I was pretty sure I was going to dig Outer Wilds, Mobius Digital’s impressive space exploration/puzzle adventure. My recent coworker Austin Walker recommended it highly, as one of those special experiences that resists easy explanation, but offers a sense of genuine wonder. Space exploration? Chill vibes? Mystery and puzzles and time warps? Sign me up!
I’ll keep this write-up vague on specifics and spoiler-free, since figuring everything out is one of the main draws of the game. But you play a rookie astronaut in the rough and tumble Outer Wilds space program. Your mission is to basically explore the galaxy, study alien tech, and find your buddies by the sweet music they fill the sky with.
I played a couple of hours one night, enjoying Outer Wilds’ starter area and sweet, funky, summer camp meets indie space program vibe, and made it to a planet or two before I had to head out for the night. A few days later, I picked it back up, regrettably completely forgetting how to fly my finicky spaceship. But this time, my partner Viki was there. Together, and with the help of a few nice folks on Twitter, we figured out how to fly the damned thing and slowly, over the course of a couple more hours, dived into and fell completely in love with the game.
It’s not the sort of thing you’d immediately peg for a great co-op experience. The overall vibe is lonely and a bit sad (if a wistful, warm sort of sad), as you play a lone astronaut making their way around a solar system chock full of mysteries stocked by a long-gone alien race and their wondrous technology. There are puzzles to solve involving perception, and physics, and bizarre leaps of logic. But throughout, the player is on their own.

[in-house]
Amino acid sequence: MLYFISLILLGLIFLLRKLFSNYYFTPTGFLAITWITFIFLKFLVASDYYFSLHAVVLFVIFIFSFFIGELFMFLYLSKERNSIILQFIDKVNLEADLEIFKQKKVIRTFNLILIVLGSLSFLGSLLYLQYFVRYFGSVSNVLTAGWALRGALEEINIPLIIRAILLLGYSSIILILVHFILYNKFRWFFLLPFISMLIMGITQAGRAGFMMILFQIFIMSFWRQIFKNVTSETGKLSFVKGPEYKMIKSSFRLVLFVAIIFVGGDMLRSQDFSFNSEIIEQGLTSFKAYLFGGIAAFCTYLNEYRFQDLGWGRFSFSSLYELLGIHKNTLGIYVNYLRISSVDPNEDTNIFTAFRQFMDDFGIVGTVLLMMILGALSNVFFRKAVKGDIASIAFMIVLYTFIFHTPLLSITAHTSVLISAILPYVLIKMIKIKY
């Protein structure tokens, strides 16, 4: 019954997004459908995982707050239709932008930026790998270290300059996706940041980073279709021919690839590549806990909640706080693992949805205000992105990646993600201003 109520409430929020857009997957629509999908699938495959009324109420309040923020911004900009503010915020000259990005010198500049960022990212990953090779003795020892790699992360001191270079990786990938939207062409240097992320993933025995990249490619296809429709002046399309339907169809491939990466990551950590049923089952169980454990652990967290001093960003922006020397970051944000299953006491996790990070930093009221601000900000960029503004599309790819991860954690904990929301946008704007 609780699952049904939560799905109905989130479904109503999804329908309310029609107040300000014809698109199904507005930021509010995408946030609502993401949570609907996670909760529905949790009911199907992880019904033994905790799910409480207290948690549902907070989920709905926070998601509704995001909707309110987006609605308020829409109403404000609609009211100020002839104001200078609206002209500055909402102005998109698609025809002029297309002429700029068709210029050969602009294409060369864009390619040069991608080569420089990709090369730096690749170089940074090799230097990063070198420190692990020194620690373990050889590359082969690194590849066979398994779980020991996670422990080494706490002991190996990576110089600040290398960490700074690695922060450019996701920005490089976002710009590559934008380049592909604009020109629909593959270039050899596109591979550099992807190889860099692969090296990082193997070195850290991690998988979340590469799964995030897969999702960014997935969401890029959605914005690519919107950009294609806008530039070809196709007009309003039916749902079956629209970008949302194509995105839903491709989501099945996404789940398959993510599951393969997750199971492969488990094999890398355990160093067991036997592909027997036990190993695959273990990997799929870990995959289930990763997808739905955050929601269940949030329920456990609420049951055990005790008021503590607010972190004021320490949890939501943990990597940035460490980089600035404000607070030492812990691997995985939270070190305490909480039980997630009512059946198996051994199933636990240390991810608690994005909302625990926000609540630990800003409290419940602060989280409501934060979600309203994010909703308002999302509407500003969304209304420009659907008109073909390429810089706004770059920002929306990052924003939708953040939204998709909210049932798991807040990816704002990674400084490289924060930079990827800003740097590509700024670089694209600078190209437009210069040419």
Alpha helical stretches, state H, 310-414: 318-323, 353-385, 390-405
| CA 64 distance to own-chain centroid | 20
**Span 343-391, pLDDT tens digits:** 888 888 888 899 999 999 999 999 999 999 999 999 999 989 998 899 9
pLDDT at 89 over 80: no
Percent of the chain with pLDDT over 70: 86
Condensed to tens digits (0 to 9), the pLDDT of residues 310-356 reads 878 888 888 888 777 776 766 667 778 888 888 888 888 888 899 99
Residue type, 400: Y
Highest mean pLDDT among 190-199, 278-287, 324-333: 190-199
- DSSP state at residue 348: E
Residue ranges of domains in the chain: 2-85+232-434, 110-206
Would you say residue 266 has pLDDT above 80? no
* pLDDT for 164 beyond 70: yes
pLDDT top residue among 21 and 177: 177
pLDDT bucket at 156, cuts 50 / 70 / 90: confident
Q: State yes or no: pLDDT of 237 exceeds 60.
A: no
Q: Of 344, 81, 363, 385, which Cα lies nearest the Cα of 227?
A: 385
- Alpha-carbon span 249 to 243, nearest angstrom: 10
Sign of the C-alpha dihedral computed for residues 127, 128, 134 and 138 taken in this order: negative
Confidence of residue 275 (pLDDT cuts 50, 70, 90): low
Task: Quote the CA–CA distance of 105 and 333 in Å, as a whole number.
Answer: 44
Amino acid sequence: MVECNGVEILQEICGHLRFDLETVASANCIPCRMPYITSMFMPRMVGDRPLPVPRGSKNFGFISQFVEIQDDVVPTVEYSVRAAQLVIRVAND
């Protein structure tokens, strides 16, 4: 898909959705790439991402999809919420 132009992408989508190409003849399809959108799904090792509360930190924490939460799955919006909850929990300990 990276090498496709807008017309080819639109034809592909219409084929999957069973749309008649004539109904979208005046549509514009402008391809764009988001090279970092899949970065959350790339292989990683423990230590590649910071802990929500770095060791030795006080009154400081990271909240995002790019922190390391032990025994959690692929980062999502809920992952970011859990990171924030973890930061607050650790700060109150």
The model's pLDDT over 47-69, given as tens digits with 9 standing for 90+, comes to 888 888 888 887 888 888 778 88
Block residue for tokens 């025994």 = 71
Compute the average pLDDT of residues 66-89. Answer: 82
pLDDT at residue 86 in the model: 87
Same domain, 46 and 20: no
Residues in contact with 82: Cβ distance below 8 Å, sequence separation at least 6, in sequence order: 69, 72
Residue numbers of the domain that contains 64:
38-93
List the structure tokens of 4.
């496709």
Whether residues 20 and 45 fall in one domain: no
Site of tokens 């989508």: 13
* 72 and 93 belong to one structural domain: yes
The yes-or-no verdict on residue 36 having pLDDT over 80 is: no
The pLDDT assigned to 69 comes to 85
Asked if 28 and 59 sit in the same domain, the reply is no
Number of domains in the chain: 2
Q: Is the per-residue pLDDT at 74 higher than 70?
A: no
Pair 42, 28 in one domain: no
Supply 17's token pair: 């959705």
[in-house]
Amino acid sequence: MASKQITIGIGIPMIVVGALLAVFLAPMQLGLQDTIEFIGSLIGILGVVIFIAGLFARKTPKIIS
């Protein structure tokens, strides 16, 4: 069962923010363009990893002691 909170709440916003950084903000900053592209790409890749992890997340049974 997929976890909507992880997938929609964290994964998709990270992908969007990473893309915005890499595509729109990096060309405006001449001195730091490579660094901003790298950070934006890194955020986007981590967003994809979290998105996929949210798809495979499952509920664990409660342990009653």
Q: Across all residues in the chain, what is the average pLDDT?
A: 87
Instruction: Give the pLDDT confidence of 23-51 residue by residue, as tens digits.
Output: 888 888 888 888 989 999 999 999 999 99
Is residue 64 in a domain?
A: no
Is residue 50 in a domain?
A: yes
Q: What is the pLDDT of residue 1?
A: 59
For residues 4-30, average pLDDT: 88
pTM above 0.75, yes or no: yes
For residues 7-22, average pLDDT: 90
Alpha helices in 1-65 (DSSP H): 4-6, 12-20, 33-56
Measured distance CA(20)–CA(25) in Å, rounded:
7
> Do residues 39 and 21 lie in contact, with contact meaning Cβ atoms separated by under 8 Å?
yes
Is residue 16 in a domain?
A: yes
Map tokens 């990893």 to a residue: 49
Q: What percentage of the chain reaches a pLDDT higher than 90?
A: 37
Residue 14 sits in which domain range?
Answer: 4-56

But for Viki and I, it’s as if there are two of us in the tiny wooden cockpit (and, uh, jetpack). We figured out how to right the rickety ship together, and how to use the landing camera to actually touch down — without careening headfirst into heavenly bodies. Many lives were lost to that cause…
We started to figure out the bizarre past of one planet, Brittle Hollow, and what might have happened there. No matter who has the controller, the other person will point things out.
“Go towards the purple thingy!” I helpfully scream, or she’ll notice how to manipulate the controls to a device just so while I wander around. I don’t think we’re annoying each other, as Viki eagerly asks to play the game when we hang out at night. Our exploration and progress feel like a genuine collaboration.
Getting further into Outer Wilds takes effort, but it’s a joy every time a hunch proves correct — every time our ship log updates or shows a connection. There are ways in which playing the game feels like actual exploration, whenever our wanderings bear some insight.
Well, that’s when we aren’t falling into black holes. That happens a fair amount as well.